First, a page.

Whether or not Wasichu actually means "eaters of fat" or "the ones who take the fat," the myth of the meaning provides entry into today's brief exploration of Fr. Beck's book. The "eaters of fat" were those who were so all consuming that they ate at the expense of everyone else--immoderately and seemingly all-consuming, taking even the last, most precious of ther reserves.
from Soul Provider
Father Edward L. Beck
Gluttony, one of the seven deadly sins, can kill us not only physically, but spiritually as well. Saint John Climacus says: "Gluttony is hypocrisy of the stomach. Filled, it moans about scarcity; stuffed and crammed, it wails about hunger. Glutton thinks up seasonings, creates sweet recipes. Stop one urge and another bursts out; stop that one and you unleash yet another. Gluttony has a deceptive appearance: it eats moderately but wants to gobble everything at the same time."
The sin here is not only in the doing, it is is the inordinate desire even when the impulse is controlled.
I have a friend who has lost a large amount of weight; she has adhered especially closely to one particularly program of eating. She is justifiably pleased with how well she has done and she claims that food no longer possesses her. But in actual fact, it merely possesses her in a different way. Everything is oriented toward eating in this way--all thought is about the next meal or this meal and whether it conforms in every particular to the ideal. This isn't gluttony--but it is similar to how gluttony works. And gluttony, hasn't only to do with food. It has to do with any inordinate appetite for goods of any sort. Gluttony is when we rise from the breakfast table asking "What's for lunch."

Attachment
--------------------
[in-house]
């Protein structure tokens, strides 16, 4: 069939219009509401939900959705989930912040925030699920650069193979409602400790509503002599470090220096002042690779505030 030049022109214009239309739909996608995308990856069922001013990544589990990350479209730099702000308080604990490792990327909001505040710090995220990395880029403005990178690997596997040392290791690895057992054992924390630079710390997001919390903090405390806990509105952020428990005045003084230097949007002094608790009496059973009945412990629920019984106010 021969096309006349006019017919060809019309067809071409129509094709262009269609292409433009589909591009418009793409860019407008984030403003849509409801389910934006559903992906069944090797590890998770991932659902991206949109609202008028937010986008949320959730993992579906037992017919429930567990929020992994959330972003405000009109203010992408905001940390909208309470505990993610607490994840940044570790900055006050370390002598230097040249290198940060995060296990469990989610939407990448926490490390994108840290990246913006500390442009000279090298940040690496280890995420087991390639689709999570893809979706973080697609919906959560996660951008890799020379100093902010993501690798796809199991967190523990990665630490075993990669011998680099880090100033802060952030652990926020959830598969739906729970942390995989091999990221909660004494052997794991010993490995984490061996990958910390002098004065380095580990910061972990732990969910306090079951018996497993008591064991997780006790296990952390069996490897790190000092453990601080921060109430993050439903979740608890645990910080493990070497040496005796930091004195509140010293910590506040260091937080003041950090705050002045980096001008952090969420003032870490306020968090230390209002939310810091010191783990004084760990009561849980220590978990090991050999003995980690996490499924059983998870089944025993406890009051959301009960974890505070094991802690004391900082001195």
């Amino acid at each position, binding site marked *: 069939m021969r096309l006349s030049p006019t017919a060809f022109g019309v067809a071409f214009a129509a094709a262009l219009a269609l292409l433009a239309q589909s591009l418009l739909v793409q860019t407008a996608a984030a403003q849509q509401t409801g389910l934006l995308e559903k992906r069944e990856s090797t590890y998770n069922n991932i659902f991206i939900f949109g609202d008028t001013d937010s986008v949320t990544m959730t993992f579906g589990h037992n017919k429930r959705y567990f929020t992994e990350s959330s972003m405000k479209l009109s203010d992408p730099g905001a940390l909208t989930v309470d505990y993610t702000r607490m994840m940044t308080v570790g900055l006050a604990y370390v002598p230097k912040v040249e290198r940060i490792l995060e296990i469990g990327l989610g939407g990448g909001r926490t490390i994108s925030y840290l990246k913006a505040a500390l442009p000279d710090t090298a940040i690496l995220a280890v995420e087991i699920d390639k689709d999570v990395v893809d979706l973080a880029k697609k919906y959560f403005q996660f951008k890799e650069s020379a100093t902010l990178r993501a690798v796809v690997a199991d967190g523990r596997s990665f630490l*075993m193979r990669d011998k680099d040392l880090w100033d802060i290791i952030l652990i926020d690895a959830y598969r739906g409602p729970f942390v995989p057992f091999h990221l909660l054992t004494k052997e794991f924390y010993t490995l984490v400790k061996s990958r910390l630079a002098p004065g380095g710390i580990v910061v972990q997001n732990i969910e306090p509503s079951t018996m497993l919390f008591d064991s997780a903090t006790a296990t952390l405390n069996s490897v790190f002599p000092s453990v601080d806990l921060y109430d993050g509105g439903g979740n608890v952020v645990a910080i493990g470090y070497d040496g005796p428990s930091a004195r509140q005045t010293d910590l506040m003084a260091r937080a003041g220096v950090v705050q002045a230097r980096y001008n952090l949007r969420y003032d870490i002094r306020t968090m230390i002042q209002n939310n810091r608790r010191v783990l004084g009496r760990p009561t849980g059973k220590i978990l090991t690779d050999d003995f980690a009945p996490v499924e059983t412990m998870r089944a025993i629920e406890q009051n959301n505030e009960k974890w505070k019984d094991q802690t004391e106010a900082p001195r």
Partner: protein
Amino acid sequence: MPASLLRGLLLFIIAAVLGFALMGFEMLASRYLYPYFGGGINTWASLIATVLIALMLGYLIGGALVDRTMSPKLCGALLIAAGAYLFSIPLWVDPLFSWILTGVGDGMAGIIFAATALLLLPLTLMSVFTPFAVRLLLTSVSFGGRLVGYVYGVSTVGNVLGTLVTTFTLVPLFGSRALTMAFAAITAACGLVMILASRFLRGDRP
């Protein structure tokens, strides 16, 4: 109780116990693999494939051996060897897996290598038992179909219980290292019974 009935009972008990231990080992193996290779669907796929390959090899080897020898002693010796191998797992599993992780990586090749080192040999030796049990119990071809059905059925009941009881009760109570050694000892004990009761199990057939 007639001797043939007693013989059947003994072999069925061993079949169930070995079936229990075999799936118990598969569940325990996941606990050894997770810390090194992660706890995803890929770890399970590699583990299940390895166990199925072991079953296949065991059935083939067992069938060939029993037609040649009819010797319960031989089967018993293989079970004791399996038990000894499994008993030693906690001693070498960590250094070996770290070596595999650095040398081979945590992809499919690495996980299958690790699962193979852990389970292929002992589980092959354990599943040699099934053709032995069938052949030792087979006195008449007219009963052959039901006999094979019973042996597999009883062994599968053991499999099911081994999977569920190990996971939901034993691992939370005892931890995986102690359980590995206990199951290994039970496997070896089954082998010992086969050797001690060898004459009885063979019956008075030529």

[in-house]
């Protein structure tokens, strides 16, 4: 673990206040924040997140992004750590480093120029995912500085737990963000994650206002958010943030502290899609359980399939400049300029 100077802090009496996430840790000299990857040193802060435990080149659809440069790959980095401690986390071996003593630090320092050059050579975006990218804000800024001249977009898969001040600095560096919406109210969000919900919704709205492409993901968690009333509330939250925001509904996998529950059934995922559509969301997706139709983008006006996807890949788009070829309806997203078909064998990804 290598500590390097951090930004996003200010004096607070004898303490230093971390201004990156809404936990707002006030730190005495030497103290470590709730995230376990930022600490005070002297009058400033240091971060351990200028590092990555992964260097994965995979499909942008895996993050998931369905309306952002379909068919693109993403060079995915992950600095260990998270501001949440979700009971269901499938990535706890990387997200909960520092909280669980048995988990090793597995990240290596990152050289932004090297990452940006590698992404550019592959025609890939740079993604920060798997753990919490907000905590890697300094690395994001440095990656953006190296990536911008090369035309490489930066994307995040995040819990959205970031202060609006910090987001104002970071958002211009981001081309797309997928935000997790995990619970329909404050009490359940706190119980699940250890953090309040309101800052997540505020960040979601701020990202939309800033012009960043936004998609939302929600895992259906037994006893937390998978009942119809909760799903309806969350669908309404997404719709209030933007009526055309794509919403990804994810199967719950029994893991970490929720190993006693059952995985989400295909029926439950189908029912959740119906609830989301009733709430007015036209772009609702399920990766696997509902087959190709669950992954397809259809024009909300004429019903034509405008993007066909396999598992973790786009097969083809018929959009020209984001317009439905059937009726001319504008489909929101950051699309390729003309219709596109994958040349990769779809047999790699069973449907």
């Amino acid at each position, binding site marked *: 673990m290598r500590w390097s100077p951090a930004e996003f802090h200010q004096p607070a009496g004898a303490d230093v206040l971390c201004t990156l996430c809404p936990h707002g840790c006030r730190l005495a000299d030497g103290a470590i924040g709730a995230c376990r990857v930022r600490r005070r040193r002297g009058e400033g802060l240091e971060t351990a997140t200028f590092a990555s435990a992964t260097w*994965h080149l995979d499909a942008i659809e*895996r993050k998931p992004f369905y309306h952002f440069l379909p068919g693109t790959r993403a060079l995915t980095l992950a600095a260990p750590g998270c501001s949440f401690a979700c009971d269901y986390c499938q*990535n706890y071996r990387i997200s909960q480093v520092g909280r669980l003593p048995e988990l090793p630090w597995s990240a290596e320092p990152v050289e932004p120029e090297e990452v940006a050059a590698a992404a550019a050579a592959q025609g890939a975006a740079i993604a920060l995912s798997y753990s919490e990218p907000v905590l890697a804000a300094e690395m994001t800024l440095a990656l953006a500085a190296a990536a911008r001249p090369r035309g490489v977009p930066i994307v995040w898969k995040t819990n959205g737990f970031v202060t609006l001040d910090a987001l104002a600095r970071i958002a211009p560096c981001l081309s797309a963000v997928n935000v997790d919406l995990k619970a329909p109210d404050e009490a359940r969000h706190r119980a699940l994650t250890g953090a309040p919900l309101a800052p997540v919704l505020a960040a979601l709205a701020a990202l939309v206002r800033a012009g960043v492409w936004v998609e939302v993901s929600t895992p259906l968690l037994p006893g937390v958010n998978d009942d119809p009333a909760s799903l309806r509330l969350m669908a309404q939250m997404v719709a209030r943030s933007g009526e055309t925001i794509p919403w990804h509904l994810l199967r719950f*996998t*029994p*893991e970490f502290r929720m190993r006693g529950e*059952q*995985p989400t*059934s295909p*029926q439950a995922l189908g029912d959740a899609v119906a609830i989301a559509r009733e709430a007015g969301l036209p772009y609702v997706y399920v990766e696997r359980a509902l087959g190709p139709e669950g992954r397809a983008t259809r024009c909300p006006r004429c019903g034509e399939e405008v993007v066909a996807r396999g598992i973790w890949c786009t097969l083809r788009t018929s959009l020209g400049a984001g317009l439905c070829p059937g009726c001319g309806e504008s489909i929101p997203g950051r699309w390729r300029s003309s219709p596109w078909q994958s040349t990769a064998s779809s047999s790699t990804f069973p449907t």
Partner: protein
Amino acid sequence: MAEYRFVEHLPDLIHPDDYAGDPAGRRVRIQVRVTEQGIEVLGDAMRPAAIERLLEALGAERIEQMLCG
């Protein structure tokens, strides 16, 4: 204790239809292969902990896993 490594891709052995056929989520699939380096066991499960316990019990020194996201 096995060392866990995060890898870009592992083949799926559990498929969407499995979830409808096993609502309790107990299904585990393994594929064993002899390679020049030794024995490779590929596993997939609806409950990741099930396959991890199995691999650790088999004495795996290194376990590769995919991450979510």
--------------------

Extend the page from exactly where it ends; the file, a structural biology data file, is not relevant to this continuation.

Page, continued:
A later quote from C.S. Lewis in Father Beck's book makes the point more clearly:
"Anyone who has watched gluttons shoveling down the most exquisite foods as if they did not know what they were eating will admit that we can ignore even pleasure."